- O Pioneers!, Their Eyes Were Watching God, The Great Gatsby, and various essays and poems by Symborska to Hughes -- all curriculum rereads.
TV and Movies:
- Song of the Sea -- We just started official family movie nights with our son, and this animated film--an Oscar nominated one--was beautiful, and one that my husband and I enjoyed just as much if not more than our almost-four-year-old. It was based off of Irish mythology, and the visual style, music, and bond between an older brother and a little sister? Thumbs up from me!
- The Fall, Season 3 -- So dark! Why do we watch this stuff? Still, we watch this stuff. And we think about it and wonder at the limits of humanity.
- Westworld, Season 1 -- In a random conversation, my husband and I realized that both my students and his clients had both been talking about this show, so we decided to dive in. It's HBO, so it was violent in a way that was eventually too much for me, but the premise--a western theme park populated by highly sophisticated artificial-intelligence-driven "hosts"--was thought-provoking, and it's easy to see why it has inspired so many conversations.
- The Minimalists -- A well-done and great reminder of how little we actually need the stuff we buy. Reduce, reduce! Definitely something we are trying to bring into our home more consistently.
- Boyhood -- When this film first came out, I heard and read a lot about it, as the concept was interesting (a team of filmmakers and actors who got together over the course of something like fifteen years in order to show the true passage of time and how it might affect a boy through his formative years). The movie itself was good--sad--but likely pretty realistic in terms of what a lot of kids experience. I know it reminded me of a good number of my students. We all just want to know we are loved and have purpose.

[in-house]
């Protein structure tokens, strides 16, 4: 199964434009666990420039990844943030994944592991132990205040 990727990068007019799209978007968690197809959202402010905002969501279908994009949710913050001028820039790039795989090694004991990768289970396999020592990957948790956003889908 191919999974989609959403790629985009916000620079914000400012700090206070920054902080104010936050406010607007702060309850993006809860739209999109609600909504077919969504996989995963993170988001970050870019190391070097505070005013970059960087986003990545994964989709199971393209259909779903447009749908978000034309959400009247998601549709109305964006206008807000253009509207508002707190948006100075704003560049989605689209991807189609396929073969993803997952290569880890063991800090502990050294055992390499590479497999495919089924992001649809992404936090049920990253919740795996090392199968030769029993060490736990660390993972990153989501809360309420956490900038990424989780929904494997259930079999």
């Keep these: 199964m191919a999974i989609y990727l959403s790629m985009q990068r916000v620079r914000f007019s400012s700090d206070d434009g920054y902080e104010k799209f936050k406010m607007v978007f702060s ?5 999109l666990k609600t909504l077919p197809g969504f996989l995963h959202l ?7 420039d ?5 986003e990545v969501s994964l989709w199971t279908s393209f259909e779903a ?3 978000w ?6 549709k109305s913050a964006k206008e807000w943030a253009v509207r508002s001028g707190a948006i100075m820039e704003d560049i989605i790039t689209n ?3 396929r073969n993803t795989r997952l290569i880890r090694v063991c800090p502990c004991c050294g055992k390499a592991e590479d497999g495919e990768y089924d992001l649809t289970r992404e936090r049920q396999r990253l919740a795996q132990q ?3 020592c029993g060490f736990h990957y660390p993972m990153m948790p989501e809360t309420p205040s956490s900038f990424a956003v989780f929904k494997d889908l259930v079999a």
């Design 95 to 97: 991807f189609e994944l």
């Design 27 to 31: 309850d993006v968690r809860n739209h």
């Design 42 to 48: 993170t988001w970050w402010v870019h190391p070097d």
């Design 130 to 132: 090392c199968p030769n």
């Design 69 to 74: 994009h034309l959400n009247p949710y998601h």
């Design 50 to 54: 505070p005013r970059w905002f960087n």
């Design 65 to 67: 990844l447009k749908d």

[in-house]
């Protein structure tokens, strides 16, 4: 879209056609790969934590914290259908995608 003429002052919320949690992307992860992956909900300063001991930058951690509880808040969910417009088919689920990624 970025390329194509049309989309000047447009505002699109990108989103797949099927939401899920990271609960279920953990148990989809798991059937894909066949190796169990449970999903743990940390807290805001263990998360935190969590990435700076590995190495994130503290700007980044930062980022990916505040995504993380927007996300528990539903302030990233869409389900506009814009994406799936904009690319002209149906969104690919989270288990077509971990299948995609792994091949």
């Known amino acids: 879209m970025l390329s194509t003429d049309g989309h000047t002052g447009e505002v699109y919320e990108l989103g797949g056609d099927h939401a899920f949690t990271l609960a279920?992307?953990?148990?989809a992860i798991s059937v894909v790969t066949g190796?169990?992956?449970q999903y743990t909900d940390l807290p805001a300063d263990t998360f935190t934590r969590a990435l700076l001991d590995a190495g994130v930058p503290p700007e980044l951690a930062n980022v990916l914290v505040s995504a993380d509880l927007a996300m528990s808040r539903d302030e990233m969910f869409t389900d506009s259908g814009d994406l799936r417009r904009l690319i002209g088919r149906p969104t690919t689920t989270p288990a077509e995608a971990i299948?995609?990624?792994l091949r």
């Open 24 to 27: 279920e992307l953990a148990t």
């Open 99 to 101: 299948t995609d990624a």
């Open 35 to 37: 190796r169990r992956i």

- Jim Gaffigan's Cinco stand-up show -- Because we all need a little humor in our lives.
- The Americans -- Just started. Into it!
Find and Arrow Signs:
- Eula Biss. I've been taking an online essay writing class the last few weeks (I'm crazy. But with Baby #2 coming, I felt I had to take advantage of whatever clarity is left in my brain while I still have it.), and one of the things I've loved the most about the course is how the instructor has pointed me to a lot of great nonfiction writers I hadn't previously read. Biss was one of them. I'm pretty impressed by her. "Time and Distance Overcome," her essay first on the telephone, then on telephone poles, and later how they intersected with the lynching of black men, kept me rapt from beginning to end. I'm going to pick up one of her essay collections and swim my way through soon.
- Some dear friends have brought out their first books (Yes, this makes me both proud and stir-crazy. Someday, Emily! Someday!). Please do check out Kate McCahill's Patagonian Road, Cheryl Wilder's What Binds Us, and Tyler Dorholt's American Flowers.
- Although I'm generally what I consider the farther thing from a political writer, I couldn't hold in my observations about our recent election and how it impacted my classroom. What I wrote (eventually titled "Silence for the Sake of Peace: On Politics, Huck Finn, and Lies We Tell Ourselves") was published just before the inauguration by Atticus Review, and you can read it here.
- This article from the New York Times about President Obama's thoughts on books, reading, and writing. It's no wonder he's always struck me as a deeply thoughtful man.
Birds chirping this morning as if it were May. Hope these words find you well, friends.